New Jersey voters approved a state lottery in 1969, and the first ticket was sold at the end of 1970. This month, the lottery celebrates the 50th anniversary of the referendum that approved the third lottery in the United States. An astonishing 81.5 percent of voters approved, making it one of the largest favorable public responses in New Jersey legislative history. And it’s paid off, bringing in $28 billion for education and the state pension system.
“The goal was to establish a state lottery similar to those conducted in neighboring states and abroad,” said New Jersey Lottery’s Executive Director James Carey in a release. “The New Hampshire and New York lotteries had been quickly embraced by their communities, and it wasn’t surprising considering what else was happening in the world at the time. American Astronaut Neil Armstrong became the first human to set foot on the moon in 1969, and later that summer, the Woodstock Festival attracted nearly half a million people for a weekend celebrating music. People were very open to change and possibility.”
During its first seven months, the New Jersey Lottery produced ticket sales of $72.7 million. The first full fiscal year was 1972, which produced sales of $137.5 million, said lottery spokeswoman, Missy Gillespie.
The original hope was that the lottery would generate about $12 million annually. There’s no way voters could have foreseen that revenues would exceed $28.1 billion over the next 50 years, continuing to make New Jersey a great place to live, work, and raise a family, Carey said.
“The lottery has been a success in the state but will never give the casino industry a run for the money,” said Rummy Pandit, executive director of the Lloyd D. Levenson Institute of Gaming, Hospitality & Tourism at Stockton University. “But the one does not threaten the other. Since the two cater to very different market segments, there does not appear to have been any visible impact after casinos opened.”
The New Jersey Lottery and casinos have historically offered distinct products that don’t directly compete with each other. “As long as they maintain distinctive products and consumer experiences they will continue to thrive,” Pandit said.
But as both the lottery and casino industry add new gaming products, people should expect to see some overlap and potentially some competition (see QuickPick in the Lottery and Keno in the casinos, he said).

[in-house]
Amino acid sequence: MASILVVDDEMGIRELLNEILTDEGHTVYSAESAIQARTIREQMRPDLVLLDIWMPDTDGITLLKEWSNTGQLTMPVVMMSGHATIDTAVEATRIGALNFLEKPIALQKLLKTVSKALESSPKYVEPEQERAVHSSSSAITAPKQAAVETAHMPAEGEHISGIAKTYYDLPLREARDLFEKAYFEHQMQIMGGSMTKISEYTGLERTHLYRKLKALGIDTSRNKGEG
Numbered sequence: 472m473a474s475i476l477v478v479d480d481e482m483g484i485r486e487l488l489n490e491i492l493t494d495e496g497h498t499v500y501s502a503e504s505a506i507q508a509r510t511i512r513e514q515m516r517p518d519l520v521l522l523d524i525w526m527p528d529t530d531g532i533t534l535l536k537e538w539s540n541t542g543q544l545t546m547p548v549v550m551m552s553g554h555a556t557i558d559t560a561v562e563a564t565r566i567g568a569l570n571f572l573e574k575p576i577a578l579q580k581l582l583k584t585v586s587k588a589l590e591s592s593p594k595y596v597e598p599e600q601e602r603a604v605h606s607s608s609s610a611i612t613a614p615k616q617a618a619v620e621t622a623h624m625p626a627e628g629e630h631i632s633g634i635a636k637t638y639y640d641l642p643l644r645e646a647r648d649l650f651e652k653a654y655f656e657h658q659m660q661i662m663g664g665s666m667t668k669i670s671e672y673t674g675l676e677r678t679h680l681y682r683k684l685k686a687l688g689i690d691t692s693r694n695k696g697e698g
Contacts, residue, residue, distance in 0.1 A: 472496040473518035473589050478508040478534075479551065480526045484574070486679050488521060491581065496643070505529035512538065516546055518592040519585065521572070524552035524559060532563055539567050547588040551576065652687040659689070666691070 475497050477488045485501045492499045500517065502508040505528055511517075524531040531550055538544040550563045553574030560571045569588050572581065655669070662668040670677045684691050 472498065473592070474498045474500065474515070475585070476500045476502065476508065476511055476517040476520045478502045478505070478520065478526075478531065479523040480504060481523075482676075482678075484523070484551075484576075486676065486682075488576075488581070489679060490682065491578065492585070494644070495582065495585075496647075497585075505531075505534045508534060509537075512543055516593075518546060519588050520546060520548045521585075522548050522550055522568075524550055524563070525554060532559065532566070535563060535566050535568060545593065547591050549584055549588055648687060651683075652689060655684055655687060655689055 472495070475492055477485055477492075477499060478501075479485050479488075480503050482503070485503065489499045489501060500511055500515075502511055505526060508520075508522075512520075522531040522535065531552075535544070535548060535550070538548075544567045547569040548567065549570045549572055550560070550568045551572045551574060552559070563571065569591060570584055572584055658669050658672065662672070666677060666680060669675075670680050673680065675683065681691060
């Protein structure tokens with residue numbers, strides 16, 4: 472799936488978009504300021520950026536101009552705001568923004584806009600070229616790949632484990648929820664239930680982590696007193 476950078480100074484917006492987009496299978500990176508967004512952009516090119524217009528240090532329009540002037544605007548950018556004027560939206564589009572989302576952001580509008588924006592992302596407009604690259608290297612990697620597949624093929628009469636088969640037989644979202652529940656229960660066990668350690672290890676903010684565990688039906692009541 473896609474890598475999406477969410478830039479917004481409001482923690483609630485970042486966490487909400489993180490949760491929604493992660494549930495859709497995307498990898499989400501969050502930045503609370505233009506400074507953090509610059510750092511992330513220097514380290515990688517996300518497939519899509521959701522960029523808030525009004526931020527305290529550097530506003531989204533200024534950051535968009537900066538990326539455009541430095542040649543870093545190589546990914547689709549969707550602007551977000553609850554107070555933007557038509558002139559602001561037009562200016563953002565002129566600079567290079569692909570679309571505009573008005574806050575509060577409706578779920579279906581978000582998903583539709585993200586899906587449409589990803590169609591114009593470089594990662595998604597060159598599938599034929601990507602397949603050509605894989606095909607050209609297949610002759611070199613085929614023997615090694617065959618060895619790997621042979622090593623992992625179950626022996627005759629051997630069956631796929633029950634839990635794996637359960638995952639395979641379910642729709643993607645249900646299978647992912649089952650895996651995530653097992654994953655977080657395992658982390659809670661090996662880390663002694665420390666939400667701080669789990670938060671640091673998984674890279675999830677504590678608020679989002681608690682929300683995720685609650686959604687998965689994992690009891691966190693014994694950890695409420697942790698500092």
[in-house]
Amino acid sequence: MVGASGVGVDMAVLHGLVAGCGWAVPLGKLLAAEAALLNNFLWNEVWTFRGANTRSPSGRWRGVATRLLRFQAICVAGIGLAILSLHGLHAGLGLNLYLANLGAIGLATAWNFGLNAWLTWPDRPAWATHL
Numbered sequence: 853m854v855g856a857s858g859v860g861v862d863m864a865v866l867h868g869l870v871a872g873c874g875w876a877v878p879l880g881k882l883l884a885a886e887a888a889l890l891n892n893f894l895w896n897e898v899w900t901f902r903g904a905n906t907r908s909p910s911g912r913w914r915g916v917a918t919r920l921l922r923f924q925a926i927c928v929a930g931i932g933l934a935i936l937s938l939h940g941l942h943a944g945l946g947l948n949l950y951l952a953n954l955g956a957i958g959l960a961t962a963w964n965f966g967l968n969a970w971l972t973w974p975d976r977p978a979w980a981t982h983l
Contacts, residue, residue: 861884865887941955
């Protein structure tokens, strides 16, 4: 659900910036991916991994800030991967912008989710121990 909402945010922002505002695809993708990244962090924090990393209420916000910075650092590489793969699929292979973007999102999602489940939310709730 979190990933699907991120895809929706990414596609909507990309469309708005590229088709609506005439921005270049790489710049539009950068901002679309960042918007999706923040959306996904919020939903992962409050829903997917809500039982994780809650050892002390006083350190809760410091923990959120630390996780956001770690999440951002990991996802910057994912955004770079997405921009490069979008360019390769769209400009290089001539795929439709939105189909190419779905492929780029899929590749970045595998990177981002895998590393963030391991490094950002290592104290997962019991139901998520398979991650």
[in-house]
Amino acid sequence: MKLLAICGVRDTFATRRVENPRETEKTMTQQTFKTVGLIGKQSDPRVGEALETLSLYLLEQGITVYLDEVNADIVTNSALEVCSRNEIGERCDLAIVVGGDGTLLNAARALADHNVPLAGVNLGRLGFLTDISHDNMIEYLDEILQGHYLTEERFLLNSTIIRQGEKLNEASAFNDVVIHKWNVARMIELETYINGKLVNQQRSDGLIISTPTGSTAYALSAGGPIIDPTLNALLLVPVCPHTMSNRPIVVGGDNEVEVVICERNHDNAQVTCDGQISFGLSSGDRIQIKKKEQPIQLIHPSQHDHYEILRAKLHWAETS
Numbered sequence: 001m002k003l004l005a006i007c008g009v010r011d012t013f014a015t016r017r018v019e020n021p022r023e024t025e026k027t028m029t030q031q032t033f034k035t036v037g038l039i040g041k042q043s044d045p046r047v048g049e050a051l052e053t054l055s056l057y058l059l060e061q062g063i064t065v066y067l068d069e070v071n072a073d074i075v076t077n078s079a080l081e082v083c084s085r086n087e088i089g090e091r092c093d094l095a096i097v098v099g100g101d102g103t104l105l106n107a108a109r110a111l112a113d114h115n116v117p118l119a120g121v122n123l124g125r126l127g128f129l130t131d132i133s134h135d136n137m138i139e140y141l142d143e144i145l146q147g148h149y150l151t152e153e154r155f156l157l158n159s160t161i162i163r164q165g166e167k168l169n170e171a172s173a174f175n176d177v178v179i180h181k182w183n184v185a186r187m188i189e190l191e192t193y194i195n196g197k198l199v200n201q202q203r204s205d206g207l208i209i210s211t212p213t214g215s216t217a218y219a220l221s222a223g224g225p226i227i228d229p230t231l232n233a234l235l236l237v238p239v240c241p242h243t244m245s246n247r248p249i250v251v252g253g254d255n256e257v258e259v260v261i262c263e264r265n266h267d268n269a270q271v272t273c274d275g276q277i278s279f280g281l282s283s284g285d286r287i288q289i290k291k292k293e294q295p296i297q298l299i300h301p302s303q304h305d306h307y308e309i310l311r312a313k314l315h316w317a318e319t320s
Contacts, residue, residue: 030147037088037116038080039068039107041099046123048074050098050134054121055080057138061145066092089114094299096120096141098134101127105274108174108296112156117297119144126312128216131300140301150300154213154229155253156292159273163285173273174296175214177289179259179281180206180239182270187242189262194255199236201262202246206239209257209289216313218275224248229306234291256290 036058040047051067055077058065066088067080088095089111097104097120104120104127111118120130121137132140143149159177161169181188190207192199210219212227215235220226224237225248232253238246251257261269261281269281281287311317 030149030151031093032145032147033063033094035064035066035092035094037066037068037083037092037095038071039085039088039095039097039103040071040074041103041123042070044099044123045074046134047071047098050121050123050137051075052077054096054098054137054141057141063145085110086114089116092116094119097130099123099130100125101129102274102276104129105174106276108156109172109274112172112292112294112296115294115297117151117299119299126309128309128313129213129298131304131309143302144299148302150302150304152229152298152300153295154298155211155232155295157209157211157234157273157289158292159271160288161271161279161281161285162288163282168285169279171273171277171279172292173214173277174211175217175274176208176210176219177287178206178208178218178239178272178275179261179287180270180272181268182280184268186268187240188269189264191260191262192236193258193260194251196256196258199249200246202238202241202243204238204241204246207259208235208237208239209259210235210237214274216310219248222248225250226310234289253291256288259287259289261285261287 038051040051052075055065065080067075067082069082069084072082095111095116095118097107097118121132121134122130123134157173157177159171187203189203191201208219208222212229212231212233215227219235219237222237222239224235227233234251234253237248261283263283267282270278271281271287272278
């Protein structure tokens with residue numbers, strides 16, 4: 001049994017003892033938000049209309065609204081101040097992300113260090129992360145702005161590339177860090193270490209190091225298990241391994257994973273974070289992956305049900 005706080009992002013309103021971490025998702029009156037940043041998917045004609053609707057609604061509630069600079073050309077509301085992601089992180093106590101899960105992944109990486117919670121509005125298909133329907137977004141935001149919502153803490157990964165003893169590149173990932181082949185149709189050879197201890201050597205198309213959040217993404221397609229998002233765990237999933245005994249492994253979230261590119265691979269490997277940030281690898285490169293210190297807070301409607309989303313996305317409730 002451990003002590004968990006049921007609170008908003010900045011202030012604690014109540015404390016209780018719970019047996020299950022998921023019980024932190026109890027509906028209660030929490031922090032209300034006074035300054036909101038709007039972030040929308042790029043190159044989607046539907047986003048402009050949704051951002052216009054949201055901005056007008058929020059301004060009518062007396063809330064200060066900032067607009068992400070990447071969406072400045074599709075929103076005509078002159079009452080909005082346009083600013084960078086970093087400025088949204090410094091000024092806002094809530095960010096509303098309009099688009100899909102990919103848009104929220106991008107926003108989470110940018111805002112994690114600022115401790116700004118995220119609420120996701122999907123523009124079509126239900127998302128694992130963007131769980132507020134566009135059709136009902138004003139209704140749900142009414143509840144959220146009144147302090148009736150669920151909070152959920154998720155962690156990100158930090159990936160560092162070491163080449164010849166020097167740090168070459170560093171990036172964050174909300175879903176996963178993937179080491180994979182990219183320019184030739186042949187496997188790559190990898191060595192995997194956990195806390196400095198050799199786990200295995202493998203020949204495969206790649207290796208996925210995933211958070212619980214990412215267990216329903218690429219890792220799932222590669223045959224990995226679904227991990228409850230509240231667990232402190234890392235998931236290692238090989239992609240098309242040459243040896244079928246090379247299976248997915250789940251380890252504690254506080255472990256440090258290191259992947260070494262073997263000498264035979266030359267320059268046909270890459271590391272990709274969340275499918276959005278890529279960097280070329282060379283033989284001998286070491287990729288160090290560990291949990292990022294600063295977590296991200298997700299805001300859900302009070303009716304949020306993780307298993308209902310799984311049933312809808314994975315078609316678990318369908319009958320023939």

The U.S. has a long history with lotteries, stretching back to the original 13 colonies, where lotteries were established to raise revenues for schools and universities. In 1823, Congress approved a private lottery with proceeds used to beautify Washington, D.C. However, the love affair with lotteries followed a tumultuous path, with breakups and makeups playing out over the years. By 1910, almost all types of gambling were illegal in the U.S. The first modern state lottery didn’t appear until 1964 in New Hampshire, followed in 1967 by a second state lottery in New York.
That’s all changed now. To date, 46 states and the District of Columbia operate lotteries. Mississippi is the latest, with scratch-off ticket sales starting this month and sales of Powerball and Mega Millions starting in January. There are over 200 lotteries worldwide; the New Jersey Lottery is ranked ninth in U.S. total sales and 23rd worldwide.
Since its inception, Jersey’s lottery has been a significant economic engine, and its fifth-largest revenue producer.
As of fiscal year 2019, the lottery has raised more than $2.1 billion for pensions. The revenue helps out the public employee pension system for teachers, police and fire personnel and other public employees, as well as supporting businesses and communities throughout New Jersey. Agriculture, education, human services, and military and veterans’ affairs also benefit.
The New Jersey Lottery also achieved the World Lottery Association’s Level 4 Certification in Responsible Gaming, the most comprehensive measure in the industry.
“Originally the New Jersey Lottery benefitted education and institutions,” Gillespie said. “In July 2017, the New Jersey legislature passed bipartisan legislation that was signed into law by Governor Christie, creating the Lottery Enterprise Contribution Act (LECA). Under the law, lottery net proceeds will be used to bolster New Jersey’s pension system for public workers. The LECA will provide ongoing fiscal stability and growth potential to the state’s retirement systems until 2047.”